Here are some of the best practices and guidelines for a typical implementation with ThoughtSpot. Your experience may differ depending on your environment and preference.
Load balancing across ThoughtSpot nodes
The following shows a network architectural diagram which includes a load balancer for ThoughtSpot nodes.
The load balancer appliance/implementation manages traffic to back-end cluster nodes to provide failover and high-availability capabilities for a multi-node ThoughtSpot cluster.
Deploying a load balancer between users and a ThoughtSpot cluster is highly recommended. You must set up a load balancer before you can set up CORS, SAML or single sign-on for a multi-node ThoughtSpot cluster.
Typical configuration for a load balancer
- Session affinity: Having it enabled by default helps retain established SSL sessions, instead of having to frequently renegotiate sessions between the load balancer and back-end nodes. This is the recommended setting.
- Maximum size of HTTP POST request: Some load balancers / proxy solutions impose a default limit (as low as 1 MB) on the size of HTTP POST requests. ThoughtSpot requires it to be set to 50 MB (or as close to it as possible), so please confirm you’ve set this correctly.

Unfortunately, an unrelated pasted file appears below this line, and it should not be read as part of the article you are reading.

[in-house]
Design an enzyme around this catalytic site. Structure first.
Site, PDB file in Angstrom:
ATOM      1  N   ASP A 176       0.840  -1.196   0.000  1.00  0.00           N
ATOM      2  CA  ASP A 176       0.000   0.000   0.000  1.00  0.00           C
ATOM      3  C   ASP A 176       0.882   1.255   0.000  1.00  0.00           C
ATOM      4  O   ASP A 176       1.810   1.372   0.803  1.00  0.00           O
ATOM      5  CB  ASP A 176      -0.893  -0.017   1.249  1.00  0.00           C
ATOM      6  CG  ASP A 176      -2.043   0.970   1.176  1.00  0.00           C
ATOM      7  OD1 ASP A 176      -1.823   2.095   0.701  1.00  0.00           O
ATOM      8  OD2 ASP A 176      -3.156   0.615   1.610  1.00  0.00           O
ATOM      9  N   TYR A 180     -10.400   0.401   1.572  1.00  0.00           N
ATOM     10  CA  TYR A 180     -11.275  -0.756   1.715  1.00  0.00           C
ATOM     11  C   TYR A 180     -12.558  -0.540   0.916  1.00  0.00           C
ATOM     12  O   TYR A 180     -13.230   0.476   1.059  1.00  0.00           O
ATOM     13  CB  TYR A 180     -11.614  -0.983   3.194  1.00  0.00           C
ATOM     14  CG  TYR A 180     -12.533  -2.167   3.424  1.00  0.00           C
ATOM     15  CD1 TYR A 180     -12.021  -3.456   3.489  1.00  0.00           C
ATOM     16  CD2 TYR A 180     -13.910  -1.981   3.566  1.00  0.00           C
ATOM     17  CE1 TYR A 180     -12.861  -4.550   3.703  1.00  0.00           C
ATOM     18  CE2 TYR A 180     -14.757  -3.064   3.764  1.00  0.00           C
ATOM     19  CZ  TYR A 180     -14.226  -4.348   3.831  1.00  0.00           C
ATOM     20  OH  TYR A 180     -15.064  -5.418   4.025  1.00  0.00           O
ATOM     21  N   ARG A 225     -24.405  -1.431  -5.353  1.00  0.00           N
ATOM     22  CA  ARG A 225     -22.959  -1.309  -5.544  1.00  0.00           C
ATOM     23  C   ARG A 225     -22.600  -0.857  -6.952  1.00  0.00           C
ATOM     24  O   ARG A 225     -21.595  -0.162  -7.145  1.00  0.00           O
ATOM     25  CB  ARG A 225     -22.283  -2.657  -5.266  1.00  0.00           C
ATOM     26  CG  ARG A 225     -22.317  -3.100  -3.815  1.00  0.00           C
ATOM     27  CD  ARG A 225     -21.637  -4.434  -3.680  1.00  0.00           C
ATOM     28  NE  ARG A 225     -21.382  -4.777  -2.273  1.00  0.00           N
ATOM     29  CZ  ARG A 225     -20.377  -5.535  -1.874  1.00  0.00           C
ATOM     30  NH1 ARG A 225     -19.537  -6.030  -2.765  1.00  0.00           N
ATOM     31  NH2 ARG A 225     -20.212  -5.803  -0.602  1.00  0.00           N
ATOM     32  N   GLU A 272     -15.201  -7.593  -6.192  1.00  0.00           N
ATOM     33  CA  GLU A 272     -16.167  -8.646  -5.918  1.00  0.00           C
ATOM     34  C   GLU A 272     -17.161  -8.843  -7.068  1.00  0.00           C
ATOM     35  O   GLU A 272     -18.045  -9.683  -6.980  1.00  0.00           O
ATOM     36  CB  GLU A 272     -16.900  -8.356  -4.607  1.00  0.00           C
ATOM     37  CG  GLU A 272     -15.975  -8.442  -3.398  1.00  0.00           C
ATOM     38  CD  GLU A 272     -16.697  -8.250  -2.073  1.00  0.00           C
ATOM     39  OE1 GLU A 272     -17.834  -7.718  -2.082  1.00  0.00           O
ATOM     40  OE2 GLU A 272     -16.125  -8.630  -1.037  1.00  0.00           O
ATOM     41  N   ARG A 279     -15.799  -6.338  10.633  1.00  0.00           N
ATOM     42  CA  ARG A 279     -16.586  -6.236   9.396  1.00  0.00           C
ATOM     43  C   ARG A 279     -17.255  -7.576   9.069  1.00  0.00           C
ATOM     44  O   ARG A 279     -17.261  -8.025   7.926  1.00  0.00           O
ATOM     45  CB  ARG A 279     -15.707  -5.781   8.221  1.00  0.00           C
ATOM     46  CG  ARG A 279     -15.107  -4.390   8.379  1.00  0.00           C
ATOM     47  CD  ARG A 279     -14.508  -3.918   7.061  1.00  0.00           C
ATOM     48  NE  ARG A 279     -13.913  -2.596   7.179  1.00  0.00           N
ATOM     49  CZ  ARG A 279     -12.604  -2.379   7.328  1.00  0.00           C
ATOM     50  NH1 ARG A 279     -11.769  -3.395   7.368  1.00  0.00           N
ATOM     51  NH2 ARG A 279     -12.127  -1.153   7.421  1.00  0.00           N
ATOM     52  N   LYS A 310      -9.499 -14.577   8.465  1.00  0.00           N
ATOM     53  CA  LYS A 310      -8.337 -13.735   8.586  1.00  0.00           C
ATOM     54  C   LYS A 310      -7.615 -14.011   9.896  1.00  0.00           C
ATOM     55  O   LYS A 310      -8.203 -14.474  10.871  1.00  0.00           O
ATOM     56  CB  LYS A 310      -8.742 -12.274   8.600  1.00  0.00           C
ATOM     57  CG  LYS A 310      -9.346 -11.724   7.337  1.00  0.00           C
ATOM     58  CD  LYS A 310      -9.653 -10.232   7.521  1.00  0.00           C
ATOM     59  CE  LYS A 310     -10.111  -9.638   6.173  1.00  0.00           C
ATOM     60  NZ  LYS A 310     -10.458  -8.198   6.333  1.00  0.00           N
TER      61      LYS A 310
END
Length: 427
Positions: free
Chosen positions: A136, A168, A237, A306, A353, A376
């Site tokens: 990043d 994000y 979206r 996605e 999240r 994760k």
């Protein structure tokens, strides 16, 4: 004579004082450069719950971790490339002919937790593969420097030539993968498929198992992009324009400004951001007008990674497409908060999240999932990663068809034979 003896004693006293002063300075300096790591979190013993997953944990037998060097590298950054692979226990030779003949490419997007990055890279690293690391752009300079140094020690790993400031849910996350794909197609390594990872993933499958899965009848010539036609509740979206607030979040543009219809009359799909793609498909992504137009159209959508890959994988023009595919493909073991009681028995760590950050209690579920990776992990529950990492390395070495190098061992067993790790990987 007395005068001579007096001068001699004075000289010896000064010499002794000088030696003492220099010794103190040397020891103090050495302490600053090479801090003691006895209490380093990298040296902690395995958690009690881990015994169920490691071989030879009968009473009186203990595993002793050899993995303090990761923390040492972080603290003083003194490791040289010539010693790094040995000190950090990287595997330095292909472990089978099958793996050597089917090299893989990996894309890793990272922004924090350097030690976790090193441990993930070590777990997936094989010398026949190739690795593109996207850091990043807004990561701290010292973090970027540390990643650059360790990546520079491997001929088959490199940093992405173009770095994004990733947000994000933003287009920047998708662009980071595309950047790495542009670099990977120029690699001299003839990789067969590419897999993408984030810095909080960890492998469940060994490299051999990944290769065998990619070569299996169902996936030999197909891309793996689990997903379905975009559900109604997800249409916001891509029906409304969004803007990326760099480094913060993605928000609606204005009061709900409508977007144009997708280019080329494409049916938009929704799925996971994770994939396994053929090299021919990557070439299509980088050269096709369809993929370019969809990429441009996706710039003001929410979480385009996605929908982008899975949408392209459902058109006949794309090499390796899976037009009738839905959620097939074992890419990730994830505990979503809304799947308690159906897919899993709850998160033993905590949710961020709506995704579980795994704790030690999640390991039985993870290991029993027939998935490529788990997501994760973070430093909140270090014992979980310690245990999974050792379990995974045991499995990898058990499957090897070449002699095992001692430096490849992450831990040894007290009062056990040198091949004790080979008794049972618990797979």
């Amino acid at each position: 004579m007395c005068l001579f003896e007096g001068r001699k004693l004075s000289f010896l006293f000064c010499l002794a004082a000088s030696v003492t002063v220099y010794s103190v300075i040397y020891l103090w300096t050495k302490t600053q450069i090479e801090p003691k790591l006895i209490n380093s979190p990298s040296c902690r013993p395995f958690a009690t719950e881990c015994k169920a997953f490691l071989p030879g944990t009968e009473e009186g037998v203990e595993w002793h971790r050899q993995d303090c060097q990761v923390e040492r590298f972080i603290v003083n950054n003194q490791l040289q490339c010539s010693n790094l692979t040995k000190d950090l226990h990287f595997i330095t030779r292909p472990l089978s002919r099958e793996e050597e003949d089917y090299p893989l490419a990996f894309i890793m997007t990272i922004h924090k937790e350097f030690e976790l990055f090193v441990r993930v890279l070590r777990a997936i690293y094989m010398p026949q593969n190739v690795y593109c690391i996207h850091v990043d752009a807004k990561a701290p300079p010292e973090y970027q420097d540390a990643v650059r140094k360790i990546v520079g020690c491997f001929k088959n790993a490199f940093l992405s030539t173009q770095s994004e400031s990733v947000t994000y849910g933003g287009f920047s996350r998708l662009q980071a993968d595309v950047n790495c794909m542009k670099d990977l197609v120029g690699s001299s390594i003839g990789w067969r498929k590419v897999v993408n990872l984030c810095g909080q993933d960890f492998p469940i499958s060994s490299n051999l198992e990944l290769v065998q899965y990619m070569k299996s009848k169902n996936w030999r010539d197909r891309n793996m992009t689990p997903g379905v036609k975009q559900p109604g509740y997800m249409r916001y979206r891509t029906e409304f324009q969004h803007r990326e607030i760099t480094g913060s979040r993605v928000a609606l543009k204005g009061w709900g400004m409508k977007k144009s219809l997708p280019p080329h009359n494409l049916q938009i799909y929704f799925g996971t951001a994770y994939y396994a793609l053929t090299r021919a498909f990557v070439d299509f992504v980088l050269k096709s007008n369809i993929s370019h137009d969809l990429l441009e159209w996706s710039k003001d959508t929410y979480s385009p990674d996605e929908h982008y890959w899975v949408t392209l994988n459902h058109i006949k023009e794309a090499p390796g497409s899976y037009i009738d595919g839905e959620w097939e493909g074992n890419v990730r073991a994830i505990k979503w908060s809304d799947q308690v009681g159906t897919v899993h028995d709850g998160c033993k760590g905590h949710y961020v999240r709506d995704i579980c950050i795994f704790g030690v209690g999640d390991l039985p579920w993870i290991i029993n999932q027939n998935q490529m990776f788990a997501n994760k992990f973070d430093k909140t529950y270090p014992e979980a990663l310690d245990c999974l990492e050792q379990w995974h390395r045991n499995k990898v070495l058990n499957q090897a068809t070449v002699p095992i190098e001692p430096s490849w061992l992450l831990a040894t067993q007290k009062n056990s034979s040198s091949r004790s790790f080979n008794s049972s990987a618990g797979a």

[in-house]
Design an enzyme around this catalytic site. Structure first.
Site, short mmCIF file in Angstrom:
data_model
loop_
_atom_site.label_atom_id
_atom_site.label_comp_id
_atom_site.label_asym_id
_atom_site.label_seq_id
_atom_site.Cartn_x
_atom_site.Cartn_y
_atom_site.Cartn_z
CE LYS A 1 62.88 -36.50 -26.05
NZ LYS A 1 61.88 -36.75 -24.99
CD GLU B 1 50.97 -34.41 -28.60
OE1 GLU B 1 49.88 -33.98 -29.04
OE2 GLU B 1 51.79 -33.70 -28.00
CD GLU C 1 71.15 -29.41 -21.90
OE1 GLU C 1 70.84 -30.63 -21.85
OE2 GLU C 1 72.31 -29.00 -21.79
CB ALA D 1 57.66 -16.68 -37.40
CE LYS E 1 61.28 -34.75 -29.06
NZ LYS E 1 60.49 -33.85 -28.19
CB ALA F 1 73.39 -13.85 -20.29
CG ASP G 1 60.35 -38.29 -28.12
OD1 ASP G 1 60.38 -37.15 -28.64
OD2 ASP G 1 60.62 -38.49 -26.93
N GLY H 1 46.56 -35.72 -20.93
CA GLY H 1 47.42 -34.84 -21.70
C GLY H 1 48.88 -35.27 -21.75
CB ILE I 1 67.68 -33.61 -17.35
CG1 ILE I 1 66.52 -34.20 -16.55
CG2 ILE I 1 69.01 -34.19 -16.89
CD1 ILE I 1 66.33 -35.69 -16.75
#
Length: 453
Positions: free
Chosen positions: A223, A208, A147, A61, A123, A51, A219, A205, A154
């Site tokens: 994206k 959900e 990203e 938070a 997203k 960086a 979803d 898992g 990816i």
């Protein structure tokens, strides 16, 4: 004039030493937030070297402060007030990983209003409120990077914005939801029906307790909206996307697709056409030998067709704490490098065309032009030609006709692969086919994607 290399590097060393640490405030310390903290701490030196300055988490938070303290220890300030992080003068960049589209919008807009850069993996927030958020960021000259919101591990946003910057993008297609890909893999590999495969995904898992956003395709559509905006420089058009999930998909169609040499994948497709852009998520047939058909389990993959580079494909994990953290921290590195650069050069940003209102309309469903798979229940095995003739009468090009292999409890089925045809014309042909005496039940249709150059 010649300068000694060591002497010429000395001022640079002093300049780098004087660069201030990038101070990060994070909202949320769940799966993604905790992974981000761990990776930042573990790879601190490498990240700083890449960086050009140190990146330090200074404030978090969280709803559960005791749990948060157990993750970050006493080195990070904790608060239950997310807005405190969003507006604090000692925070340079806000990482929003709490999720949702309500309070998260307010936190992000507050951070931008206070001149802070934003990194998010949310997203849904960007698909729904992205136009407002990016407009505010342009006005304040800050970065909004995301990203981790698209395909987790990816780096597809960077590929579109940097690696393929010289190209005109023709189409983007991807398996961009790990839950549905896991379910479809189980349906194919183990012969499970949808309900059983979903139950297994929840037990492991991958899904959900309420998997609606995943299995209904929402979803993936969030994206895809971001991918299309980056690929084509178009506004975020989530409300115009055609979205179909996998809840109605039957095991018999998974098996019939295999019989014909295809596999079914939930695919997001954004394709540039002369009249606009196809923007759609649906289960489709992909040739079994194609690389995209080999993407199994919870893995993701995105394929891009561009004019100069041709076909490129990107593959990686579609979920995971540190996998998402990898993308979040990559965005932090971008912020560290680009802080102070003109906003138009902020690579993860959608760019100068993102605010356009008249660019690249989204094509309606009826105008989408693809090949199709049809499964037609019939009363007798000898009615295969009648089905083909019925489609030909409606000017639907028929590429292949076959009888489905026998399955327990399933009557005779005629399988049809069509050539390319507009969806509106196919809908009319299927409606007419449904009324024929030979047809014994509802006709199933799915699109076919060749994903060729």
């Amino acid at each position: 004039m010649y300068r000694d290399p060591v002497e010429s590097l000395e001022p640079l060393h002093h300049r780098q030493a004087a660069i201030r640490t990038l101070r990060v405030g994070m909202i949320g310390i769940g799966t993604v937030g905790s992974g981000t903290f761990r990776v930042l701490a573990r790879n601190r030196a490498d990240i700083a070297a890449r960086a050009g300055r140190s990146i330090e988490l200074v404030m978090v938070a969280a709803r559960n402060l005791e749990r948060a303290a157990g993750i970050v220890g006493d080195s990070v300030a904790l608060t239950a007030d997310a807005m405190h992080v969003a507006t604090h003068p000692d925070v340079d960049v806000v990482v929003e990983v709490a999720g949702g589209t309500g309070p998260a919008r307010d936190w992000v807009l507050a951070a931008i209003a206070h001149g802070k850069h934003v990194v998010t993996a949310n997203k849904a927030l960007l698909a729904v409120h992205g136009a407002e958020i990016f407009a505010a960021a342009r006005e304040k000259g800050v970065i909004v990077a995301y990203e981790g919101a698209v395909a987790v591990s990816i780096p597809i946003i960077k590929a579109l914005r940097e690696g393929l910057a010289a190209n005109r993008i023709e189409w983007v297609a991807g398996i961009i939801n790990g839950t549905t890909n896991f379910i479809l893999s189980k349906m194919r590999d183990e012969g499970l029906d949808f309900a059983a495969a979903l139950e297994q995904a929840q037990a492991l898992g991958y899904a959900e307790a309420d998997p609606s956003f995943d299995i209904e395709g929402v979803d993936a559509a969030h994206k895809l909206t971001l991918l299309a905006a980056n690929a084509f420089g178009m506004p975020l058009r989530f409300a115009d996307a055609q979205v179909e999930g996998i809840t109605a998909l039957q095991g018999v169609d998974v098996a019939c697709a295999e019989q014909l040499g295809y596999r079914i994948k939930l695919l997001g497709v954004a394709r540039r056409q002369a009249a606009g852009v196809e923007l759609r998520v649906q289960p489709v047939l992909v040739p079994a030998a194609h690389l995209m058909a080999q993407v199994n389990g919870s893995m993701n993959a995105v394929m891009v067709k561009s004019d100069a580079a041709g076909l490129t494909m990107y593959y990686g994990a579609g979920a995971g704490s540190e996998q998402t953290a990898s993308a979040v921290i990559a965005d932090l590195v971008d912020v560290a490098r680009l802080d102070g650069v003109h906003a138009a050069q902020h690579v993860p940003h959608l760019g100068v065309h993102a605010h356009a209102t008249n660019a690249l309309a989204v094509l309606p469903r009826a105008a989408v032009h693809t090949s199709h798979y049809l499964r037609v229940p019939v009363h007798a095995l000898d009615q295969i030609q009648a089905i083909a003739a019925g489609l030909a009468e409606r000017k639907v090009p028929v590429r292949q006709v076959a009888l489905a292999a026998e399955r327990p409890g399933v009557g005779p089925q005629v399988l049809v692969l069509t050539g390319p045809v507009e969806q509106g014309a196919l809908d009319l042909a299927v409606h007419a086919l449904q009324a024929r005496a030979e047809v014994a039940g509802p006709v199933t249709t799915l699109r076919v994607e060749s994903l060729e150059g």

- Server-side SSL profile must be enabled on load balancers.
- The following SSL ciphers must be enabled on server-side SSL profile : Supported SSL ciphers
You can access ThoughtSpot through any standard Web proxy server. Web proxies are fairly universal regardless of the application they are proxying. ThoughtSpot doesn’t use any new protocols, like SPDY or HTTP/2, which may have a dependency on the proxy and as a result, ThoughtSpot is commonly placed behind a Web HTTP/HTTPS proxy.
The proxy can also round-robin across the nodes in ThoughtSpot cluster in which case you are using the Web proxy as a load balancer. Your session will carry over, if the proxy round robins between the ThoughtSpot backends as long as the URL doesn’t change.
One way to load balance across all ThoughtSpot nodes in a cluster is to map one domain name (FQDN) to all the IPs in the cluster in a round-robin fashion. This is no longer recommended because:
- This is not suitable for secured (HTTPS) access.
- DNS-based round-robin isn’t aware of the state of back-end nodes and can still send requests to nodes that are no longer in service.